Put differently, it’s one thing for the algorithm to love a tweet joking about fining video game designers who create games that don’t let you save anywhere. It’s quite another thing for it to boost a joke that trivializes the complexity of the pro-life movement, the reasons people are still concerned about COVID, poverty, sexual abuse victims, or gun violence in poor neighborhoods.
Users who are nice people IRL become troll(ish) on social media. Those who would think it beneath them to directly troll someone still make "jokes" that denigrate the views of others under the guise of a joke. I wouldn't call it fear, but I have concerns about being flippant. I would rather my prose come off as uninteresting than risk unintentionally maligning someone's beliefs while joking around. Chesterton covers this in his book Orthodoxy.
Dulness will, however, free me from the charge which I most lament; the charge of being flippant.
It is a different thing to take issue with ideas you think are erroneous, but to take them on directly, addressing them with concern and the seriousness which they may deserve. Being flippant just makes you seem obnoxious.
→ Essay: What Is Social Media Good For?
What Kinds Of Image Requests Confuse DALL-E?
In his latest newsletter, Charlie Warzel dives into DALL-E and profiles Andy Baio's experiments with the tool. Baio has found it rewarding to stretch DALL-E to its limits (call it boundary testing, if you like).
The engine doesn’t generate text well at all—it can generally only create short words. It’s bad at creating faces, and most trademarked material and images of famous people are blocked so that people don’t abuse the software. But Baio has also found more interesting limitations. “Anything that’s an opposite, like a horse riding a man or a hand with six fingers, is a real struggle for it,” he said. “We want to think that DALL-E has this wild imagination and that it is capable of generating wildly unusual images, but because it’s been trained on tens of thousands of images of people with 10 fingers, it really struggles.”
Rumor has it that DALL-E will be opening to a broader beta cohort in the upcoming weeks. I'd like to play around with it, but I expect my images will be fairly pedestrian. I'm not into surrealism like the image generator's namesake.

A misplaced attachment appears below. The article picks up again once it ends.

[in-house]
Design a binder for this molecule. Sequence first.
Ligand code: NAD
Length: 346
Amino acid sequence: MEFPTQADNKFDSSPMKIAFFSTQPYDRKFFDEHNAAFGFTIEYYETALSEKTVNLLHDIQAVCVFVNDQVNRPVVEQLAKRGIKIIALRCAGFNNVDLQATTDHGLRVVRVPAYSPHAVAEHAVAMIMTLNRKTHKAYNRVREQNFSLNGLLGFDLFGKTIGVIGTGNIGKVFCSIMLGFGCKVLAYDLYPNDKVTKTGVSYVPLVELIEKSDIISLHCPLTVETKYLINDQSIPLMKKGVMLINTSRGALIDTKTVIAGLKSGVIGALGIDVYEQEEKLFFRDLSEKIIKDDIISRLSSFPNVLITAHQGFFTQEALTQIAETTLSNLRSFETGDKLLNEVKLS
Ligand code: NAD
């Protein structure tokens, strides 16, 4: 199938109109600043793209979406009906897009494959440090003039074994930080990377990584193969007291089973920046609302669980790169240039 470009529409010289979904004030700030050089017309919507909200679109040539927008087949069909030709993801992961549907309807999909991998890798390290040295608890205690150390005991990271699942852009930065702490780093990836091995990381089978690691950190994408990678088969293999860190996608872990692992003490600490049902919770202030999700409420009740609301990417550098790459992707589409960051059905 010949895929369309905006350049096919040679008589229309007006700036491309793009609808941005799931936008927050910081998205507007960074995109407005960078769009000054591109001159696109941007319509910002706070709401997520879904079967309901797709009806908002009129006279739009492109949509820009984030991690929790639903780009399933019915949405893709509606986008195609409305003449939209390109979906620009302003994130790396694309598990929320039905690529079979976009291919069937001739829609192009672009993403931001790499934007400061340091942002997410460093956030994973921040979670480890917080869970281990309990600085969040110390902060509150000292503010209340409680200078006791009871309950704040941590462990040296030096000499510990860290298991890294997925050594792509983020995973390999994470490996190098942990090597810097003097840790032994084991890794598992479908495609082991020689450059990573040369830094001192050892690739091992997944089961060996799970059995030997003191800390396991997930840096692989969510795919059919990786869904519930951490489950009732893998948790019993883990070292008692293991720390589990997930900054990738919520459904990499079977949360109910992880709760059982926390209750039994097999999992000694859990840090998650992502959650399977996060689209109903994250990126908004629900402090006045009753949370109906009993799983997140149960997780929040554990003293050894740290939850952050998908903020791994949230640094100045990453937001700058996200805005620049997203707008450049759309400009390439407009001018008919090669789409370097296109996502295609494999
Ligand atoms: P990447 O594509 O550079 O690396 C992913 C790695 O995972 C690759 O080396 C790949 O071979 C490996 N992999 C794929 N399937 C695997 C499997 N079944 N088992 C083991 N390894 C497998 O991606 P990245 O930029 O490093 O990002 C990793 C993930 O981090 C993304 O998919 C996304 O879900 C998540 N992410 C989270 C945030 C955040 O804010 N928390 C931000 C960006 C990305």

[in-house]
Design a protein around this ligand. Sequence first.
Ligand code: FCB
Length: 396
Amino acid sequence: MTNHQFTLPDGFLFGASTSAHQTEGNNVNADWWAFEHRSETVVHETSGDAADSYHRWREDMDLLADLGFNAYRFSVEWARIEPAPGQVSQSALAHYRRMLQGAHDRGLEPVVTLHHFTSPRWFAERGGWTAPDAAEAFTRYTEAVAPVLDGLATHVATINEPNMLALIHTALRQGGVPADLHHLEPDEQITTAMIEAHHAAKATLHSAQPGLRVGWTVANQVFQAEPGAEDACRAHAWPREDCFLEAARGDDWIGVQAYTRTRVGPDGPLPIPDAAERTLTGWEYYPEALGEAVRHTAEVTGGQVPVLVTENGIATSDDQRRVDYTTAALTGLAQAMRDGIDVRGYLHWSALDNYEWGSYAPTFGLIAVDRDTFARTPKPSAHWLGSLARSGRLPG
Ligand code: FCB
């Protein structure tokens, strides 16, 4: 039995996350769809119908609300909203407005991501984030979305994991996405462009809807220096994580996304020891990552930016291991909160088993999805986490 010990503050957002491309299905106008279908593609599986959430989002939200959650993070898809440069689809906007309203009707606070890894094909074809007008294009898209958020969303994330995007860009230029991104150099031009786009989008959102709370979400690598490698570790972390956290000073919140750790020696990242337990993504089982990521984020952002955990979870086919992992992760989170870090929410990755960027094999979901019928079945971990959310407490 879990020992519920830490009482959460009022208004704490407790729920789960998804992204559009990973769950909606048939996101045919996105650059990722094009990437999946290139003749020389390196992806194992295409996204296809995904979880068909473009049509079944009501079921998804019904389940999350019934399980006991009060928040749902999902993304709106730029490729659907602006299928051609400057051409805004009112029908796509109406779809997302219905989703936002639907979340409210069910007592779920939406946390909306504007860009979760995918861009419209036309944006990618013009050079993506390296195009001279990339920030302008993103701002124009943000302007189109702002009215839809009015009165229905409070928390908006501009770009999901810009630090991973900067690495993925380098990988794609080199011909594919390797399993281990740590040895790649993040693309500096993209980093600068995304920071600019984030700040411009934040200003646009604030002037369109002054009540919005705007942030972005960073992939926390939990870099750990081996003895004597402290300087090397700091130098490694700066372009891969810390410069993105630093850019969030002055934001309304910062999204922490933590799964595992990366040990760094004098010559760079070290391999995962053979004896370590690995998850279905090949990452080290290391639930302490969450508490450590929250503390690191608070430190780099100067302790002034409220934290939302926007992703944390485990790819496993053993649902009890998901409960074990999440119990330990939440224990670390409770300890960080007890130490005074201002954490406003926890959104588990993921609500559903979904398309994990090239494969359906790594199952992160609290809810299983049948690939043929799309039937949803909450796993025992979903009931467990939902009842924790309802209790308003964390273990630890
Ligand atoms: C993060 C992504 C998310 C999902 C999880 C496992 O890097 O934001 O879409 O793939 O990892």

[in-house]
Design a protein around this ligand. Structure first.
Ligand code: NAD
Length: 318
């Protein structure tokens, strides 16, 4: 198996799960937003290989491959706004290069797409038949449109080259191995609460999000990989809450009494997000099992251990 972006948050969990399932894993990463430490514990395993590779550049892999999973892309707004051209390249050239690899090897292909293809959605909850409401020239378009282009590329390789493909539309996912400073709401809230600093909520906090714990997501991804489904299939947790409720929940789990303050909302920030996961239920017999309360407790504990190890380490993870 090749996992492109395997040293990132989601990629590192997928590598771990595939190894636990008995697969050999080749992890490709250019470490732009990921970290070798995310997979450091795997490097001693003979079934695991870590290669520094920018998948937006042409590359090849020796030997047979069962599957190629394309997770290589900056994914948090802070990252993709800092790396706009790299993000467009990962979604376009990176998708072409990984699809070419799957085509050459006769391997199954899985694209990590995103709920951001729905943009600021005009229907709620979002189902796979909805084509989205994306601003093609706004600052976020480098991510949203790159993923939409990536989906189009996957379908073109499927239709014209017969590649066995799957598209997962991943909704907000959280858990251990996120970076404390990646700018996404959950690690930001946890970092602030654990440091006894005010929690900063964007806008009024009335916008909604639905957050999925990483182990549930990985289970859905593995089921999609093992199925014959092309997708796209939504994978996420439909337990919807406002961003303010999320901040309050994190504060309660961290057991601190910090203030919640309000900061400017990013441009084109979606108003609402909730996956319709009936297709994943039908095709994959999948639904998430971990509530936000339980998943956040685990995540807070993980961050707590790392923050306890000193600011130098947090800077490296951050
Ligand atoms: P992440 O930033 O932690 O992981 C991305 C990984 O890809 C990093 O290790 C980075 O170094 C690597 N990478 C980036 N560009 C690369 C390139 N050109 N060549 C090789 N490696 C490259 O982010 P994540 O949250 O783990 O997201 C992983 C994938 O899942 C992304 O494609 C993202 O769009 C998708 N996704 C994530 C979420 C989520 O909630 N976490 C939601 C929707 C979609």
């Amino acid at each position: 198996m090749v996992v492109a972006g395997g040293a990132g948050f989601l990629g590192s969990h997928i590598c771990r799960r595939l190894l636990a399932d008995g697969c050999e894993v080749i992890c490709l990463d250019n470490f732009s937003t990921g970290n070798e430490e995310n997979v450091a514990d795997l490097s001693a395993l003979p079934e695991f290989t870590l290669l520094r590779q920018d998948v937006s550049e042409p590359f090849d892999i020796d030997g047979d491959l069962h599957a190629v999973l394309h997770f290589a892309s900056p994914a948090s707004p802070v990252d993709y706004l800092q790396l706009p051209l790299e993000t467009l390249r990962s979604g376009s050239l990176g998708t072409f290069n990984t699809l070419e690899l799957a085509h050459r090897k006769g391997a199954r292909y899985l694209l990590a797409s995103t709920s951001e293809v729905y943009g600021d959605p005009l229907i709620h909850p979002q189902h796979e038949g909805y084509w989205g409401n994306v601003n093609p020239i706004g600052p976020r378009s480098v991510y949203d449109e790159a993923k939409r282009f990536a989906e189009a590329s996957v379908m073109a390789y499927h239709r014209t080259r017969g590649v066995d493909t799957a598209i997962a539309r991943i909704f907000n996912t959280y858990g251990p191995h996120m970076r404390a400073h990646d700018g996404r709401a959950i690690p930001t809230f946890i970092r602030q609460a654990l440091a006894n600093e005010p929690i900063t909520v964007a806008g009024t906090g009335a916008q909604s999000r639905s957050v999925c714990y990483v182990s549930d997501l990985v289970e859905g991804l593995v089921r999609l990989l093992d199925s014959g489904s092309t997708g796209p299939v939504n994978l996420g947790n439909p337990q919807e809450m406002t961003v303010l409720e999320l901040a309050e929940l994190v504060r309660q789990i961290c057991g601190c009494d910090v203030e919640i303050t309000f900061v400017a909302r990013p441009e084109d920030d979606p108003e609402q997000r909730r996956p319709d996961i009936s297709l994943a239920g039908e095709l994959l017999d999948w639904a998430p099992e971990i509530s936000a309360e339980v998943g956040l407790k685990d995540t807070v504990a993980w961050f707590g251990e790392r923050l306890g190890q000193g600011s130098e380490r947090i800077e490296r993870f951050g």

→ Tech's New Frontier Raises A "Buffet of Unwanted Questions"
Monocropping In Cities
Clive Thompson writes about rewilding cities, in a new extension of his "rewilding your attention" concept. In the piece, he profiles cities that have ripped up roads made for cars in favor of rivers and public spaces. He compares the way cities have been built around the automobile to monocropping.
Indeed, one thing we learned from the 20th century is that monocropping is freaking dangerous. Whenever we ploughed over fields and regions to plant a single crop, the land got weaker over time, because it lost that dense, gnarly, diverse spectrum of life. Farmers for centuries knew this, which is why they rotated crops and had a network of animal life interpenetrating small farms. But with big industrial farming, we monocropped, and created — decades down the line — crappier soil, entire regions susceptible to a single pest, and unexpected knock-on effects. (Like how industrial farming destroyed roadside milkweed, helping to decimate Monarch butterfly populations.)
It's an interesting concept that begs the questions of whether the cities that have "rewilded," to some extent, are healthier for their inhabitants and in what ways that could be measured.
In his book The Life We're Looking For, Andy Crouch examines how we are increasingly building our environments around machines.
The great urbanist Jane Jacobs masterfully outlined, in her book The Death and Life of Great American Cities, the elements of an urban environment that make it a healthy place for human habitation: mixed-use buildings, plenty of chances for street-level interaction, limited traffic, priority for pedestrians. It is not much exaggeration to say that these are precisely the conditions that are worst for autonomous vehicles. The closer an environment is to being genuinely good for human beings, the worse it is for a self-driving car.
He writes of humans creating "attenuated cultural environments that treat persons like machines." The effort to rewild cities is a pushback against this trend, and maybe even a necessary one if people are to flourish.